THE virtues that Ken Hinkley developed as an assistant coach will prove valuable when he begins life as the man in charge at Port Adelaide.
Power officials yesterday brought an end to the drawn-out saga about who would succeed Matthew Primus at the helm when they presented Hinkley to the football world.
The former Camperdown premiership coach has signed on for four years at Alberton Oval and takes on a job others have done everything to avoid.
Hinkley, who has been an assistant at Geelong and Gold Coast, used his media opportunities to paint an exciting picture about delivering success back to Port Adelaide.
He was unequivocal when asked if he’d taken on the best or worst job in football: “It’s the best job in footy for me because it’s an opportunity. I can’t wait”.
But whether or not he meant it, the skill-set Hinkley said he had developed seems perfect for the job, given the recent turbulence at the Power.
“What you learn over a period of time is patience. You understand the importance of patience and stability and resilience,” he said.
“It’s a ruthless game and it takes a lot of those things to survive and to be successful in it.”
Hinkley started his football career with his home club Camperdown before going on to play 132 games at Fitzroy and Geelong between 1987 and 1995. He then tried his hand at coaching.
Hinkley steered Camper-down to Hampden league premierships in 1999 and 2000 and was an assistant to Malcolm Blight at St Kilda in 2001.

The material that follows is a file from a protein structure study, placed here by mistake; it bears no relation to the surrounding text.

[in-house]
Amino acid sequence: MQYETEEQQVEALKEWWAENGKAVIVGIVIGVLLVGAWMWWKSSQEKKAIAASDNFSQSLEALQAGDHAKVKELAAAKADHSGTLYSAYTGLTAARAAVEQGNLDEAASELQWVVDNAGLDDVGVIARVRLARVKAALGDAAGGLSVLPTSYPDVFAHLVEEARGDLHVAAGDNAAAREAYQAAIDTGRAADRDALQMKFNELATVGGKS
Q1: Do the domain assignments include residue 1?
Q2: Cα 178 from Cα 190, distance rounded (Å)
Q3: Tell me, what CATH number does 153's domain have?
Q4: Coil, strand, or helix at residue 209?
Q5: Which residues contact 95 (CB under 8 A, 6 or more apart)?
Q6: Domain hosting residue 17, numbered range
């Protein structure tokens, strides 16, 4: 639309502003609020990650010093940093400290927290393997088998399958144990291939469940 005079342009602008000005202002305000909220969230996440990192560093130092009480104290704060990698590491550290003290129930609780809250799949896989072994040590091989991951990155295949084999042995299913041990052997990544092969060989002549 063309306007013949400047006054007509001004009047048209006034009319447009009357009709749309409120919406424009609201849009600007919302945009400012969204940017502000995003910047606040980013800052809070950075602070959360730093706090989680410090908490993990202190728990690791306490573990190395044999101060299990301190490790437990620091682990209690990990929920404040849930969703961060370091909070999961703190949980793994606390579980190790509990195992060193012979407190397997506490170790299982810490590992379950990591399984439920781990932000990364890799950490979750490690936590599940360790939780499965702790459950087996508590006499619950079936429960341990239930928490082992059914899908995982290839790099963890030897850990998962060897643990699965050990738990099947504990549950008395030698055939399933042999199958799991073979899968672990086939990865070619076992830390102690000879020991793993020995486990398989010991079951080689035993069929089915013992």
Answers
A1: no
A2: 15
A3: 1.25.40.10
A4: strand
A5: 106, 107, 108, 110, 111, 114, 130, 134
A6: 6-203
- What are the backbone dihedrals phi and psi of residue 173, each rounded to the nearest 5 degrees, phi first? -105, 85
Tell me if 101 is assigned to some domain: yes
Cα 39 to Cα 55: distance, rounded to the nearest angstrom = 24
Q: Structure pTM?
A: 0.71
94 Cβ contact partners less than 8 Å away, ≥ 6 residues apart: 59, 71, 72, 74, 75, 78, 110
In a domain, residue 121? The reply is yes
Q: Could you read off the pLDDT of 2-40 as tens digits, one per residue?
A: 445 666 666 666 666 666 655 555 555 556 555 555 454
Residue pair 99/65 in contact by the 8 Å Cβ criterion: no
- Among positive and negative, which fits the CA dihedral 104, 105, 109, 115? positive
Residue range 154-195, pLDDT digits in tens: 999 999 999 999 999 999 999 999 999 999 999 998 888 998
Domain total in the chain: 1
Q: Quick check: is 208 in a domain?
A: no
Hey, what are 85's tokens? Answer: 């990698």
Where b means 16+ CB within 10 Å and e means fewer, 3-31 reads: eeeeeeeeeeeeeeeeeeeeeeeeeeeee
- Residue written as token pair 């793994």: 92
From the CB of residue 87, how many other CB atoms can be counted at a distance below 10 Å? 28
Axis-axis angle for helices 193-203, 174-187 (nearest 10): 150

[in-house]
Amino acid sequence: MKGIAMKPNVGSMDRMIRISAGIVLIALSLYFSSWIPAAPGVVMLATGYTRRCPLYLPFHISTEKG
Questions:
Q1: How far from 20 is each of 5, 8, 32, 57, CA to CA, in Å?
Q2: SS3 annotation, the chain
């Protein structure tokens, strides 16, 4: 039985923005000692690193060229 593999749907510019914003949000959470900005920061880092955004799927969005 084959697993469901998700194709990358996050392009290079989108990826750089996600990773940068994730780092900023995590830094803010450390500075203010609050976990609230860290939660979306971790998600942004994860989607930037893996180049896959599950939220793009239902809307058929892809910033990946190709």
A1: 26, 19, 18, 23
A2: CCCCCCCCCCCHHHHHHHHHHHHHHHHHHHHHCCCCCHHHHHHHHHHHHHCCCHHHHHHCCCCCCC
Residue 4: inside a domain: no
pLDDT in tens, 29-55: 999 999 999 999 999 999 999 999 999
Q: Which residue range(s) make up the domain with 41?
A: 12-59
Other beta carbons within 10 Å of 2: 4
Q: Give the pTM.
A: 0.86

He spent a year with the Saints but returned to country coaching, as senior coach at Bell Park in 2002, and coached the Dragons to the 2003 Geelong Football League flag.
Geelong swooped, and he had an integral role for the next six years as the Cats became one of the great modern-day football teams.
The opportunity to further enhance his coaching resume led Hinkley to Gold Coast in 2010, despite his allegiances to Geelong.
“I’ve lived the hard yards for three years and there have not been many wins (at Gold Coast).
“You learn to mark yourself on improvement and consistency.”
Hinkley said he took on the Power job with the support of his wife Donna and children Lisa, 23, Bec, 20, and Jordy, 14, who gave him the all-clear to accept the offer.
He would not nominate a minimum number of wins the Power had to have in 2012, but was confident “about the way we’ll go about things”.
“People will have their ideas and thoughts. I never put a ceiling on something like that,” he said.
Ex-Carlton assistant Alan Richardson will be Port Adelaide’s director of coaching and strategy.
The Power have also lured back high-performance manager Darren Burgess from English soccer club Liverpool.
“As a combined group, we think this is a very, very significant statement of intent for the Port Adelaide footy club,” chief executive officer Keith Thomas said.